A research team from the University of Texas says the ‘MasSpec’ device could make surgery to remove a tumor quicker, safer, and more precise, as well as avoiding the “heartbreak” of leaving any of the cancer behind.
The tests, published in Science Translational Medicine, suggest the pen is accurate 96% of the time.
MasSpec Pen focuses on the unique characteristics of cancer cells. Their furious drive to grow and spread means their internal chemistry is markedly different compared to healthy tissue.
The pen is touched on to a suspected cancerous tumor and releases a tiny droplet of water.
Chemicals inside the living cells move into the droplet, which is then sucked back up the device for analysis.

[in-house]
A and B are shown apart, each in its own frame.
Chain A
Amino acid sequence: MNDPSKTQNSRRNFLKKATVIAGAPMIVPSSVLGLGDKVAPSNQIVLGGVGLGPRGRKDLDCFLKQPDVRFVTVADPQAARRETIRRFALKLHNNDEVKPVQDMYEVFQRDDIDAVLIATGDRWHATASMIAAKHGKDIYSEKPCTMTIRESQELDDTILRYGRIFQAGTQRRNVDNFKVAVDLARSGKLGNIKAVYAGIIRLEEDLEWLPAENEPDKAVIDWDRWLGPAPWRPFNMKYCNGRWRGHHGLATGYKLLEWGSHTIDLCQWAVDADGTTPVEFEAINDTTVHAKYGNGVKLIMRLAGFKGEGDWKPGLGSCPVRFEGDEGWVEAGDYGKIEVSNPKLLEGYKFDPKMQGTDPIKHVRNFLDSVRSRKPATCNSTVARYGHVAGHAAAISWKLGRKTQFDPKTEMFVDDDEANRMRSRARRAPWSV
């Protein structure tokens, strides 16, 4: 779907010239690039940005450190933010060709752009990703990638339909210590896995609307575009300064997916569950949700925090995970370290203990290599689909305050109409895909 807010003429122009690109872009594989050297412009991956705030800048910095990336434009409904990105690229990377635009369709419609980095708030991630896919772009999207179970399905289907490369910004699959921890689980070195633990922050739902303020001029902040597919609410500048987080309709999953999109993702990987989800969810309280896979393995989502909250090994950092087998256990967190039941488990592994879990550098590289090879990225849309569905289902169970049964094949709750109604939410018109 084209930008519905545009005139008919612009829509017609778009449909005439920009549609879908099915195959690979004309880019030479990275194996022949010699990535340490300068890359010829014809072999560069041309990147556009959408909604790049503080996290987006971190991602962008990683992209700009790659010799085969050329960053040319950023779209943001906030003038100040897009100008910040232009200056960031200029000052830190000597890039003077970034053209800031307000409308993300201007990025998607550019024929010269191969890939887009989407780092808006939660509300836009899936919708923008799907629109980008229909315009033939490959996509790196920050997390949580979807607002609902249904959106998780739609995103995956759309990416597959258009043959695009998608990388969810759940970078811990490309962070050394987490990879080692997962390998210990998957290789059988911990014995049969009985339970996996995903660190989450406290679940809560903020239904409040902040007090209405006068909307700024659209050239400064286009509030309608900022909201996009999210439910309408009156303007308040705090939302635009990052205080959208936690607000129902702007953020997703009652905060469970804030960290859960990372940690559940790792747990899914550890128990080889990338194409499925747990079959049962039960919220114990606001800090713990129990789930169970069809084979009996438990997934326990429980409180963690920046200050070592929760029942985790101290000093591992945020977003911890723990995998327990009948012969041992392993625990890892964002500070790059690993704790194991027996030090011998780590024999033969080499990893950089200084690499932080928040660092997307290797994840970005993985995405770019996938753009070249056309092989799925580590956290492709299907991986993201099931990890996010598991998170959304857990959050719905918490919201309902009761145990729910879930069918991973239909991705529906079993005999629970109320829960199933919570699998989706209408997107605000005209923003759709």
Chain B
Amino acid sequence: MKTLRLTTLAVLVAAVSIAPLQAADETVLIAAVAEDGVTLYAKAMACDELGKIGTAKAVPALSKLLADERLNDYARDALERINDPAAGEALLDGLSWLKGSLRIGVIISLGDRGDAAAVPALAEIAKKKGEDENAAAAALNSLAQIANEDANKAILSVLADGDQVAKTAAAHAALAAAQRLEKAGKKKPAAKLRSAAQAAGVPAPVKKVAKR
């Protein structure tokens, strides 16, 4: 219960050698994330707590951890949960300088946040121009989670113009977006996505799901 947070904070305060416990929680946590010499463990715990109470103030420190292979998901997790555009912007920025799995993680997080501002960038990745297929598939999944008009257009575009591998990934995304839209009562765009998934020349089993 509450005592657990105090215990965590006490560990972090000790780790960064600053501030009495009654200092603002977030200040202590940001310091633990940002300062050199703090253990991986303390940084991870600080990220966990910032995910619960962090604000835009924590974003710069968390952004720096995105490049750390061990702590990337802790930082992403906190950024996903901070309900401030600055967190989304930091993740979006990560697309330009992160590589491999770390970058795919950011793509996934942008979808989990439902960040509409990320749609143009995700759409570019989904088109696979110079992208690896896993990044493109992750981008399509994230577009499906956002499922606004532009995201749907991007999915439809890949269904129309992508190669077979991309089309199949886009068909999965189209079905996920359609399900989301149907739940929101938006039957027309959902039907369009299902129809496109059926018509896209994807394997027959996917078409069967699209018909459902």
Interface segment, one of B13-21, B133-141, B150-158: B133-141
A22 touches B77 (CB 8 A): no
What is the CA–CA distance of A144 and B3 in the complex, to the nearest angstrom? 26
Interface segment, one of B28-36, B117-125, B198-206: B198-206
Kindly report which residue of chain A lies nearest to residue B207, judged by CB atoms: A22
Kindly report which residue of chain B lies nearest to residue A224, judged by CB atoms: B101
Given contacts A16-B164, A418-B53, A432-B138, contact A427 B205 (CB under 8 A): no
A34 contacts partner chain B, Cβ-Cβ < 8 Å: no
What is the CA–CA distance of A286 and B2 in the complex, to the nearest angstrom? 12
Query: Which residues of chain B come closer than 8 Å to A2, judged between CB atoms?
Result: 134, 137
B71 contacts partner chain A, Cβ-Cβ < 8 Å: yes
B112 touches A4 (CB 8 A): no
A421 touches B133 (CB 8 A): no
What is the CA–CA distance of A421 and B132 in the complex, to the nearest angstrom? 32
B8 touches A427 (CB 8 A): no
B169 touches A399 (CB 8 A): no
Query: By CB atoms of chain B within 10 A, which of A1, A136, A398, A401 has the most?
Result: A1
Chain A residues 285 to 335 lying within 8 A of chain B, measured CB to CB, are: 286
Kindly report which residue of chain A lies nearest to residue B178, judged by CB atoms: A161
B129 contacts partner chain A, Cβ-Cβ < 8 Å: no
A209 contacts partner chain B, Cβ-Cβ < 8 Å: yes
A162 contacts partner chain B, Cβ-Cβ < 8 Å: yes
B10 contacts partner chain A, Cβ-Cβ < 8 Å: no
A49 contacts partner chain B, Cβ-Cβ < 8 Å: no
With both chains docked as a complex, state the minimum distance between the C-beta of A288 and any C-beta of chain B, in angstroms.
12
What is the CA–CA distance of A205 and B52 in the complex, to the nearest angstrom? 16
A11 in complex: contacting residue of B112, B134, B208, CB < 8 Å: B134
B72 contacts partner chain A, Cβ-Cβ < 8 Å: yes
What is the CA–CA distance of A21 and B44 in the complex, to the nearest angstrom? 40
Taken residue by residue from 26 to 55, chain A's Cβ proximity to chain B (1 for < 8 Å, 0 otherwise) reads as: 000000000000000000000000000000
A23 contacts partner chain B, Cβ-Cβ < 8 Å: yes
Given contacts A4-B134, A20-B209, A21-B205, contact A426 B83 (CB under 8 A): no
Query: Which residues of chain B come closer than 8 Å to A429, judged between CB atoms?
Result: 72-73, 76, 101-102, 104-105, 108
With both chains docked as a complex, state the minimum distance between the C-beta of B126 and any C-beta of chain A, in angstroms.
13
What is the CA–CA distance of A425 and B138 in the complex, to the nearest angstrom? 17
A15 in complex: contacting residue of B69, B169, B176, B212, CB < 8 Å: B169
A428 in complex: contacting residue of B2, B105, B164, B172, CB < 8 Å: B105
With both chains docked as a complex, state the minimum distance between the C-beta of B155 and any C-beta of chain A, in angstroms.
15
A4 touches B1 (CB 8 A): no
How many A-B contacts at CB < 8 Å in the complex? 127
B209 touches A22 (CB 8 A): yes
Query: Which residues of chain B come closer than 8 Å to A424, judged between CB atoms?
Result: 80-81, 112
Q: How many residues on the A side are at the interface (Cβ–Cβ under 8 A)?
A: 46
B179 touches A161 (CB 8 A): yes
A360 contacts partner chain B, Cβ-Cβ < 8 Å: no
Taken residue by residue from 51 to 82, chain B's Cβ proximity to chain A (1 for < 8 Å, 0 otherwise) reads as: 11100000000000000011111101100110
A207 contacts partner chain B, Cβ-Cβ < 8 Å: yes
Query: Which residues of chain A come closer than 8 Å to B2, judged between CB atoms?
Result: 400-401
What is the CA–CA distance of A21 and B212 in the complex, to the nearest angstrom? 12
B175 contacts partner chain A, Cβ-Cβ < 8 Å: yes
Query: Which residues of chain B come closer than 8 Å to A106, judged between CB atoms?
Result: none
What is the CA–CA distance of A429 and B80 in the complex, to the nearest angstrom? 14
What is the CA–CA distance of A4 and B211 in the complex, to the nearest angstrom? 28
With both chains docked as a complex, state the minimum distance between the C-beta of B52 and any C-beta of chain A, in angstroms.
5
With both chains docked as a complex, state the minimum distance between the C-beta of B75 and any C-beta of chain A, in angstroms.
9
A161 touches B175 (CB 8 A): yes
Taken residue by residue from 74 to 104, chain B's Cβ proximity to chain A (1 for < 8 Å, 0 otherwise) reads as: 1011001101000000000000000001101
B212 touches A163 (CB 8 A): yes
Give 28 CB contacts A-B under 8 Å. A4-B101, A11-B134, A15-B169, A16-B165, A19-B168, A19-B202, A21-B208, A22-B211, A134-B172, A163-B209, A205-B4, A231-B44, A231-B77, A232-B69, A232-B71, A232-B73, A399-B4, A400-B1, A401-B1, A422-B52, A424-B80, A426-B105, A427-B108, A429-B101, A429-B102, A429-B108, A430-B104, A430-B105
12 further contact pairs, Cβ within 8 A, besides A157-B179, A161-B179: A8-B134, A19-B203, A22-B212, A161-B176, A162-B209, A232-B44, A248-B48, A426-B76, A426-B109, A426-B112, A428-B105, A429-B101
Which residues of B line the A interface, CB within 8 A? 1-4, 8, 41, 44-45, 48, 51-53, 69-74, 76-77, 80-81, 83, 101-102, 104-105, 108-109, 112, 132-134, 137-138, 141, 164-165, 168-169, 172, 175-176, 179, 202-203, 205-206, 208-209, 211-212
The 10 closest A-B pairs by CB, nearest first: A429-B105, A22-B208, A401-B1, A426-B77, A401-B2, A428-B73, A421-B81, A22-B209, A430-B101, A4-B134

The pen is then plugged into a mass spectrometer, a device that can measure the mass of thousands of chemicals every second.
It produces a distinctive chemical fingerprint that tells doctors whether they are looking at a benign or malignant tumor, according to the researchers.
The challenge for surgeons is finding the border between the cancer and normal tissue.
In some tumors it is obvious, but in others the boundary between benign and malignant tissue can be blurred.
MasSpec should help doctors ensure none of the cancer is left behind.